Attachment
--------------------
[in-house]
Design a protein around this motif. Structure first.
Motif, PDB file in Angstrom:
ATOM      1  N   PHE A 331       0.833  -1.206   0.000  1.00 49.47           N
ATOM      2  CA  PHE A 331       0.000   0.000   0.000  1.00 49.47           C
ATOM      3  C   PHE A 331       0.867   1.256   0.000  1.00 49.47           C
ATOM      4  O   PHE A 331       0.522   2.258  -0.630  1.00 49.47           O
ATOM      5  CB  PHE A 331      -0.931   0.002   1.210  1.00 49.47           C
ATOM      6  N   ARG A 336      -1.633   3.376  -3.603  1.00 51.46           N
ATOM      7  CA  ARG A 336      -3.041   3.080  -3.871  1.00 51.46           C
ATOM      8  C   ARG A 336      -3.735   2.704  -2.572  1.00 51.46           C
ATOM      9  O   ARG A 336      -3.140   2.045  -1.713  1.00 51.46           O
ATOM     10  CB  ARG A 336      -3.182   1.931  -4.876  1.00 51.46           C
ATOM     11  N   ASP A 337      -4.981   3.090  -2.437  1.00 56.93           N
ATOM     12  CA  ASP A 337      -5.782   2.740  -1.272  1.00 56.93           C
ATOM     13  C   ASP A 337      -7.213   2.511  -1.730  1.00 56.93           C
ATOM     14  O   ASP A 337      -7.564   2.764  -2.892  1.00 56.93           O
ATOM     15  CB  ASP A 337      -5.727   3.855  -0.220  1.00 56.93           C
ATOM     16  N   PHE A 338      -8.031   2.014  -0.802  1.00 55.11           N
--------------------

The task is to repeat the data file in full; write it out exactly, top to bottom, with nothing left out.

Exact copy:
[in-house]
Design a protein around this motif. Structure first.
Motif, PDB file in Angstrom:
ATOM      1  N   PHE A 331       0.833  -1.206   0.000  1.00 49.47           N
ATOM      2  CA  PHE A 331       0.000   0.000   0.000  1.00 49.47           C
ATOM      3  C   PHE A 331       0.867   1.256   0.000  1.00 49.47           C
ATOM      4  O   PHE A 331       0.522   2.258  -0.630  1.00 49.47           O
ATOM      5  CB  PHE A 331      -0.931   0.002   1.210  1.00 49.47           C
ATOM      6  N   ARG A 336      -1.633   3.376  -3.603  1.00 51.46           N
ATOM      7  CA  ARG A 336      -3.041   3.080  -3.871  1.00 51.46           C
ATOM      8  C   ARG A 336      -3.735   2.704  -2.572  1.00 51.46           C
ATOM      9  O   ARG A 336      -3.140   2.045  -1.713  1.00 51.46           O
ATOM     10  CB  ARG A 336      -3.182   1.931  -4.876  1.00 51.46           C
ATOM     11  N   ASP A 337      -4.981   3.090  -2.437  1.00 56.93           N
ATOM     12  CA  ASP A 337      -5.782   2.740  -1.272  1.00 56.93           C
ATOM     13  C   ASP A 337      -7.213   2.511  -1.730  1.00 56.93           C
ATOM     14  O   ASP A 337      -7.564   2.764  -2.892  1.00 56.93           O
ATOM     15  CB  ASP A 337      -5.727   3.855  -0.220  1.00 56.93           C
ATOM     16  N   PHE A 338      -8.031   2.014  -0.802  1.00 55.11           N